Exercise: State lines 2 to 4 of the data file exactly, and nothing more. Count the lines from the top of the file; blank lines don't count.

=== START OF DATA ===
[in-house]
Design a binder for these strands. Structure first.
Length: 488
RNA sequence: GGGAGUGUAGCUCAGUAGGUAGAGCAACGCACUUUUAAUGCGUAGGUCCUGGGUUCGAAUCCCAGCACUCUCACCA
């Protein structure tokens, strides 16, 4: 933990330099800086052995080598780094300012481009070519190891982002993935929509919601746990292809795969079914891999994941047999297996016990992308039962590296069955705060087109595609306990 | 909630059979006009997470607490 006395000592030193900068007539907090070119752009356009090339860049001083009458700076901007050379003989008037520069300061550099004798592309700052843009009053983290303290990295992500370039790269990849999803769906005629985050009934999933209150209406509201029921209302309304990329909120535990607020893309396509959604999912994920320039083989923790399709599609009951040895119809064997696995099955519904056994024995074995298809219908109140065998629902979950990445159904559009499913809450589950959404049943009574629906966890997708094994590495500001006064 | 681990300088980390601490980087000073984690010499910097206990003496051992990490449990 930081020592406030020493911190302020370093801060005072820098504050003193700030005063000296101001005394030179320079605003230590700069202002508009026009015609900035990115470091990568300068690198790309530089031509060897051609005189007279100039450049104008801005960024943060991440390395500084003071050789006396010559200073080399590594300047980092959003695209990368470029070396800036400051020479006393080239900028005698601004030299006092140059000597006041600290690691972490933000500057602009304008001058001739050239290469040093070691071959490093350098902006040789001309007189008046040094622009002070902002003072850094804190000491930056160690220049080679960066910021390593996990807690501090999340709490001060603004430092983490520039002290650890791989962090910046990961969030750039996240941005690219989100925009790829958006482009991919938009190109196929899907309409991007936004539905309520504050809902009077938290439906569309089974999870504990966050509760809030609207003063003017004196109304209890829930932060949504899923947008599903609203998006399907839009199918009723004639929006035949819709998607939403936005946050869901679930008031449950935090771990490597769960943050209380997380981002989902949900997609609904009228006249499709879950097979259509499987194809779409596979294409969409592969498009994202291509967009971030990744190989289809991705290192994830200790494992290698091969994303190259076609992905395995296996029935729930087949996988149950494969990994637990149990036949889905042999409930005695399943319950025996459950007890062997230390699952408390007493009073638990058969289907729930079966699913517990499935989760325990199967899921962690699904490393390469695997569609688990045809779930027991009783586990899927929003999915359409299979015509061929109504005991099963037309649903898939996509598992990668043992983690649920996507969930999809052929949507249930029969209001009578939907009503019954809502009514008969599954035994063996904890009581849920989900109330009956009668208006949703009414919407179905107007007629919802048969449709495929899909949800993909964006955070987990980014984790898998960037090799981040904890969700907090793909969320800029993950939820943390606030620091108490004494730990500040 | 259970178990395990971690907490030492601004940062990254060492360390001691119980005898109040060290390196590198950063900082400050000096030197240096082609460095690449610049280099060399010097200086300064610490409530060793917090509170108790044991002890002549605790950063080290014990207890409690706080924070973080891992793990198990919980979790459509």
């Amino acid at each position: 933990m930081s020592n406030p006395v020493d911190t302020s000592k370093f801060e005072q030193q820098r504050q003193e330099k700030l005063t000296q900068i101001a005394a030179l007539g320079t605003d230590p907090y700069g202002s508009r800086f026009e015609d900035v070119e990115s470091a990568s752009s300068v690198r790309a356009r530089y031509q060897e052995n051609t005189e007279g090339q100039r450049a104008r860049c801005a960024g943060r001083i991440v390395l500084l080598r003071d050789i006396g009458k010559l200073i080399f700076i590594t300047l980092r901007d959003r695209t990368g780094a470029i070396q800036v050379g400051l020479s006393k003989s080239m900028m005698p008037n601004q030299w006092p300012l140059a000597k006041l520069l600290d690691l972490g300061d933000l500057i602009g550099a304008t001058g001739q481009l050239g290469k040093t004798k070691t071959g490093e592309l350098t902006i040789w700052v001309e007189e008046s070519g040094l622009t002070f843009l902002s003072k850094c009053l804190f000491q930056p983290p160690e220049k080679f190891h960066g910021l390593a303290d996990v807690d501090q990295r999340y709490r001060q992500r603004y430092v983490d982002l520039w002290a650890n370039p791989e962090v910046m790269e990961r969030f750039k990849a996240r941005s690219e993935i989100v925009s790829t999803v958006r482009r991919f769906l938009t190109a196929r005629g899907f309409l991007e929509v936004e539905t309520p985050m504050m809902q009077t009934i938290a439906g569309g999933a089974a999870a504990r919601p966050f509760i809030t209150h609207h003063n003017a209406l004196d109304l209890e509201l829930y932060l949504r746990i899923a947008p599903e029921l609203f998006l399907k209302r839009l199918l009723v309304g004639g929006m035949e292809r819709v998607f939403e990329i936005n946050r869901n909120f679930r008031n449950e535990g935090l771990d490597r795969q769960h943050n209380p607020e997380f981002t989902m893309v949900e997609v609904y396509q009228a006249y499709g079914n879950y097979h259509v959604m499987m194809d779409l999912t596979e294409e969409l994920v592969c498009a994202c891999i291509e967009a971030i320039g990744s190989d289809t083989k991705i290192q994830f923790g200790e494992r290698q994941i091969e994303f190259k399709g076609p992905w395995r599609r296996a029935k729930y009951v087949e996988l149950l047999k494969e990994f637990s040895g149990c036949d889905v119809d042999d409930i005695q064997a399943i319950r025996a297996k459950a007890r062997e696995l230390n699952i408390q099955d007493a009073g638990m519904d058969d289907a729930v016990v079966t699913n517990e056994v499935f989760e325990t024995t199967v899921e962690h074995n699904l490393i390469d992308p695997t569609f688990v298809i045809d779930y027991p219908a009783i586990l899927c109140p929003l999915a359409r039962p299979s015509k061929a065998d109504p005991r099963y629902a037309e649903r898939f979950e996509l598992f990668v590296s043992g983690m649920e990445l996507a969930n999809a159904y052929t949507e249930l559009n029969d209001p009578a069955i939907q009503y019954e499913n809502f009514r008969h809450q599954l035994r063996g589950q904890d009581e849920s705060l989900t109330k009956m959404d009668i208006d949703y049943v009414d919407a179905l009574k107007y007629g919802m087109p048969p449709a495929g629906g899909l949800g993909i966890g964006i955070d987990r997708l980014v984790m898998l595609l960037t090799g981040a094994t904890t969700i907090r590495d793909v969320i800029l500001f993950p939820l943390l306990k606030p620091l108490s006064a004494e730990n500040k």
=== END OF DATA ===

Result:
Design a binder for these strands. Structure first.
Length: 488
RNA sequence: GGGAGUGUAGCUCAGUAGGUAGAGCAACGCACUUUUAAUGCGUAGGUCCUGGGUUCGAAUCCCAGCACUCUCACCA